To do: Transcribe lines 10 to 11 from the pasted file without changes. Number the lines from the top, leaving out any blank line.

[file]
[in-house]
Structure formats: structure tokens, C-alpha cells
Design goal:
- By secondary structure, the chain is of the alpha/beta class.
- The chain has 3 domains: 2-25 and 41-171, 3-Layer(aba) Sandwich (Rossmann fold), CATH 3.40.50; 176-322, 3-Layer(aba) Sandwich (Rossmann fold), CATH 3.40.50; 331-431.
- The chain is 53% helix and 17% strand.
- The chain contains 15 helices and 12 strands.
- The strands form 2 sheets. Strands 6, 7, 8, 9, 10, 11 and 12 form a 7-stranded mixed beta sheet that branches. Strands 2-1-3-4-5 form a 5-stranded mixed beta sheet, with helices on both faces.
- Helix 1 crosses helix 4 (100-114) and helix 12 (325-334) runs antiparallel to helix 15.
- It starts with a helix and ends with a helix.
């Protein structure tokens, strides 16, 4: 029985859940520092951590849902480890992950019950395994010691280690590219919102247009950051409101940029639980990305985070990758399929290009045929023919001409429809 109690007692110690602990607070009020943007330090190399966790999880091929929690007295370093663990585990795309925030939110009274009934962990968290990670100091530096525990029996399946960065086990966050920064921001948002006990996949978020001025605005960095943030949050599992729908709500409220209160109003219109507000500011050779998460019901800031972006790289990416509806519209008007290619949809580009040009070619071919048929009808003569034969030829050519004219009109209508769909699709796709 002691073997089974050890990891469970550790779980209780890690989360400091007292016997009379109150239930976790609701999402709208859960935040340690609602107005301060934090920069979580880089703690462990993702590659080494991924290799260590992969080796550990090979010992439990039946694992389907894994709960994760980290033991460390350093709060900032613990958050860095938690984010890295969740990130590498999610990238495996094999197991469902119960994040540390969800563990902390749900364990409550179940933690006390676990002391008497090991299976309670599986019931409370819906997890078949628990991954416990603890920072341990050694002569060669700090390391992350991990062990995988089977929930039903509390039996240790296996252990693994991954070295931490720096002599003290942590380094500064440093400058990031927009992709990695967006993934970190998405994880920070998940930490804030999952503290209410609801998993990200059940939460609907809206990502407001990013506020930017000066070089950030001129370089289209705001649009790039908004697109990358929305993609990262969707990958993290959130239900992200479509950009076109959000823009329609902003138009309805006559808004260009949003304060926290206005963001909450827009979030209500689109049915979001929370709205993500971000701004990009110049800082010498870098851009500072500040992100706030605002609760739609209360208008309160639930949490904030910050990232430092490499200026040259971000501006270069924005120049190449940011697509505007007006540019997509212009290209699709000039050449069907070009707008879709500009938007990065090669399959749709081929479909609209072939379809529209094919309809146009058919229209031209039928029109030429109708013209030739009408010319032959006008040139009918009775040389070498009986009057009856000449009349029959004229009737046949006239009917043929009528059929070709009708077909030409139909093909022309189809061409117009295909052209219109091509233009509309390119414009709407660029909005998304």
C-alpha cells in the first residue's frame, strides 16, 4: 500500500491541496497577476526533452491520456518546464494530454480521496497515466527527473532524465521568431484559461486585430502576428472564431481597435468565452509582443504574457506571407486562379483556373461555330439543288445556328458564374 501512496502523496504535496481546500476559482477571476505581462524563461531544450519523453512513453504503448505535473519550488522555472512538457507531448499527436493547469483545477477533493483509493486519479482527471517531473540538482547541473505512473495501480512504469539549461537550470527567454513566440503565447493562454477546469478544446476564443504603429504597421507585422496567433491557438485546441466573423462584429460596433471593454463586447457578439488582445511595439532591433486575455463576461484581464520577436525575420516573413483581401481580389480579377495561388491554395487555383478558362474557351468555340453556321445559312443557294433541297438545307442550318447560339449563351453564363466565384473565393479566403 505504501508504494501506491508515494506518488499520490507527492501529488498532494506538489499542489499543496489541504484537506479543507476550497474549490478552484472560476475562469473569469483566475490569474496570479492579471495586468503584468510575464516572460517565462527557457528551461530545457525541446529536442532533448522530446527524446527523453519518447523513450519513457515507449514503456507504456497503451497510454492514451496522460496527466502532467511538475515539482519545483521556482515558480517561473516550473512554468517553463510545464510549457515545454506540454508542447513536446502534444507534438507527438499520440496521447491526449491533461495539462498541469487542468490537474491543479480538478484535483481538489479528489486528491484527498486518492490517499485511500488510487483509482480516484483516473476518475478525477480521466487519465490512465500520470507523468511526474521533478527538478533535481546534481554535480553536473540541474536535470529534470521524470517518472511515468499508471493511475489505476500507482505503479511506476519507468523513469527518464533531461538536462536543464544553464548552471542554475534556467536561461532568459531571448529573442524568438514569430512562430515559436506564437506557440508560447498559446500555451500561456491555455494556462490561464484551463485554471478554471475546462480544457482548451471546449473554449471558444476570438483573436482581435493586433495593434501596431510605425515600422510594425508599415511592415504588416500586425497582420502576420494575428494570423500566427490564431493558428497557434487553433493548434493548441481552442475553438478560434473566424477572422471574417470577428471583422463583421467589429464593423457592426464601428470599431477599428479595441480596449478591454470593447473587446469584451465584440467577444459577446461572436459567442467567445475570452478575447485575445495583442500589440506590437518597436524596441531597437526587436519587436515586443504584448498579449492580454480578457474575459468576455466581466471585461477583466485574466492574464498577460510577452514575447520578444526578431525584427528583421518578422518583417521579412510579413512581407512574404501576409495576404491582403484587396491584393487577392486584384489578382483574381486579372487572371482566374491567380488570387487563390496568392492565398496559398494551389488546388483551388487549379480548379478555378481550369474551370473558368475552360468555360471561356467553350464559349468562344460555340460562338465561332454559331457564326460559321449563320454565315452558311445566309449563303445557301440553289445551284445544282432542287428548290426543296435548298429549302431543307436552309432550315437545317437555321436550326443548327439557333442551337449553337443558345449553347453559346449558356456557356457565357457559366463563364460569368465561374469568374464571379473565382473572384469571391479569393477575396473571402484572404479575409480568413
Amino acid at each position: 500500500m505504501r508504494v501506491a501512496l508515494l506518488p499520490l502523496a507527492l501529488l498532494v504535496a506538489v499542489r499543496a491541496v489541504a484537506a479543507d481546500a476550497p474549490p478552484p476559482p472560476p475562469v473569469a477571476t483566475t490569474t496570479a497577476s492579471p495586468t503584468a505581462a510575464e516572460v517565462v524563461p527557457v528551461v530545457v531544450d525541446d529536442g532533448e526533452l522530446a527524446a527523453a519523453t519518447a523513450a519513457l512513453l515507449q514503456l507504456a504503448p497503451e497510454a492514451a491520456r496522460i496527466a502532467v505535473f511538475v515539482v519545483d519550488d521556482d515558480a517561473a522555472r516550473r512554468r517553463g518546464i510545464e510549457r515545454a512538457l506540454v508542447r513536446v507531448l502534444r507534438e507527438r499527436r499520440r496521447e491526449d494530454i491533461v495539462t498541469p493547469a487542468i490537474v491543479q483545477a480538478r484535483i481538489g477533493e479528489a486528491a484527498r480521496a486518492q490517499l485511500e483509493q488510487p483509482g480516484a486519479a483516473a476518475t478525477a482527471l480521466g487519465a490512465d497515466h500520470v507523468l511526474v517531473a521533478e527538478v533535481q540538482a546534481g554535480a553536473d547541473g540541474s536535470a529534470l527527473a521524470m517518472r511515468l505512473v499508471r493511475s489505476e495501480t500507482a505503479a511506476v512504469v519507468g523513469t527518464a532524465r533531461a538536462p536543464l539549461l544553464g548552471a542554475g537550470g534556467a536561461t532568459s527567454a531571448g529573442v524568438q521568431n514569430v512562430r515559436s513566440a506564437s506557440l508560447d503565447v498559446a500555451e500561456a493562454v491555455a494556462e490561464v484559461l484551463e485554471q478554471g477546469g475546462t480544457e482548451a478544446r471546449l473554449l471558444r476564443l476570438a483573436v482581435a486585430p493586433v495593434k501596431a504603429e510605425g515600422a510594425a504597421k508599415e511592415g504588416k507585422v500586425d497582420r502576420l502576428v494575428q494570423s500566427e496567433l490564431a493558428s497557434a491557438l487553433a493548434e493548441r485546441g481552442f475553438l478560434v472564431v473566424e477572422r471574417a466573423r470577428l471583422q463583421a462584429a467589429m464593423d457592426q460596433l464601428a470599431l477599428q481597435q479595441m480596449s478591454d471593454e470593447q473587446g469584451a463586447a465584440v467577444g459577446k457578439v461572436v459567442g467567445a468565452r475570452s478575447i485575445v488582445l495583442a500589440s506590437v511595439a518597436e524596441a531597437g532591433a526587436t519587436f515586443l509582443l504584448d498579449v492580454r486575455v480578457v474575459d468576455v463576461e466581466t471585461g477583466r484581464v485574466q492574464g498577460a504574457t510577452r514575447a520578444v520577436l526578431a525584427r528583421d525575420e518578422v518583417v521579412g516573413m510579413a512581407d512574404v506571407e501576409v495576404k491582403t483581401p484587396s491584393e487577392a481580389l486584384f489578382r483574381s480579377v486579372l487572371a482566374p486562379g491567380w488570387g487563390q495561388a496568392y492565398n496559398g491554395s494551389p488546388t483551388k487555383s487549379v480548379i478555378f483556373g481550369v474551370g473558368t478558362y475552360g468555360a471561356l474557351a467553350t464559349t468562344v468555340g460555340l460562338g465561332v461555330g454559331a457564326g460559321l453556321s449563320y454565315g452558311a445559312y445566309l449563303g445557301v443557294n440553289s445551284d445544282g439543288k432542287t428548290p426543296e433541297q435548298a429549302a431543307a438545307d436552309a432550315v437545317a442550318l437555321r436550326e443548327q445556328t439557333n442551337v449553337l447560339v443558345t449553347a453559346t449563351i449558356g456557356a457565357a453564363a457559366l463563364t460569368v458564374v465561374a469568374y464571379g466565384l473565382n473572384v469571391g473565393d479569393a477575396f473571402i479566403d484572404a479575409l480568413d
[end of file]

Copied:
- It starts with a helix and ends with a helix.
């Protein structure tokens, strides 16, 4: 029985859940520092951590849902480890992950019950395994010691280690590219919102247009950051409101940029639980990305985070990758399929290009045929023919001409429809 109690007692110690602990607070009020943007330090190399966790999880091929929690007295370093663990585990795309925030939110009274009934962990968290990670100091530096525990029996399946960065086990966050920064921001948002006990996949978020001025605005960095943030949050599992729908709500409220209160109003219109507000500011050779998460019901800031972006790289990416509806519209008007290619949809580009040009070619071919048929009808003569034969030829050519004219009109209508769909699709796709 002691073997089974050890990891469970550790779980209780890690989360400091007292016997009379109150239930976790609701999402709208859960935040340690609602107005301060934090920069979580880089703690462990993702590659080494991924290799260590992969080796550990090979010992439990039946694992389907894994709960994760980290033991460390350093709060900032613990958050860095938690984010890295969740990130590498999610990238495996094999197991469902119960994040540390969800563990902390749900364990409550179940933690006390676990002391008497090991299976309670599986019931409370819906997890078949628990991954416990603890920072341990050694002569060669700090390391992350991990062990995988089977929930039903509390039996240790296996252990693994991954070295931490720096002599003290942590380094500064440093400058990031927009992709990695967006993934970190998405994880920070998940930490804030999952503290209410609801998993990200059940939460609907809206990502407001990013506020930017000066070089950030001129370089289209705001649009790039908004697109990358929305993609990262969707990958993290959130239900992200479509950009076109959000823009329609902003138009309805006559808004260009949003304060926290206005963001909450827009979030209500689109049915979001929370709205993500971000701004990009110049800082010498870098851009500072500040992100706030605002609760739609209360208008309160639930949490904030910050990232430092490499200026040259971000501006270069924005120049190449940011697509505007007006540019997509212009290209699709000039050449069907070009707008879709500009938007990065090669399959749709081929479909609209072939379809529209094919309809146009058919229209031209039928029109030429109708013209030739009408010319032959006008040139009918009775040389070498009986009057009856000449009349029959004229009737046949006239009917043929009528059929070709009708077909030409139909093909022309189809061409117009295909052209219109091509233009509309390119414009709407660029909005998304």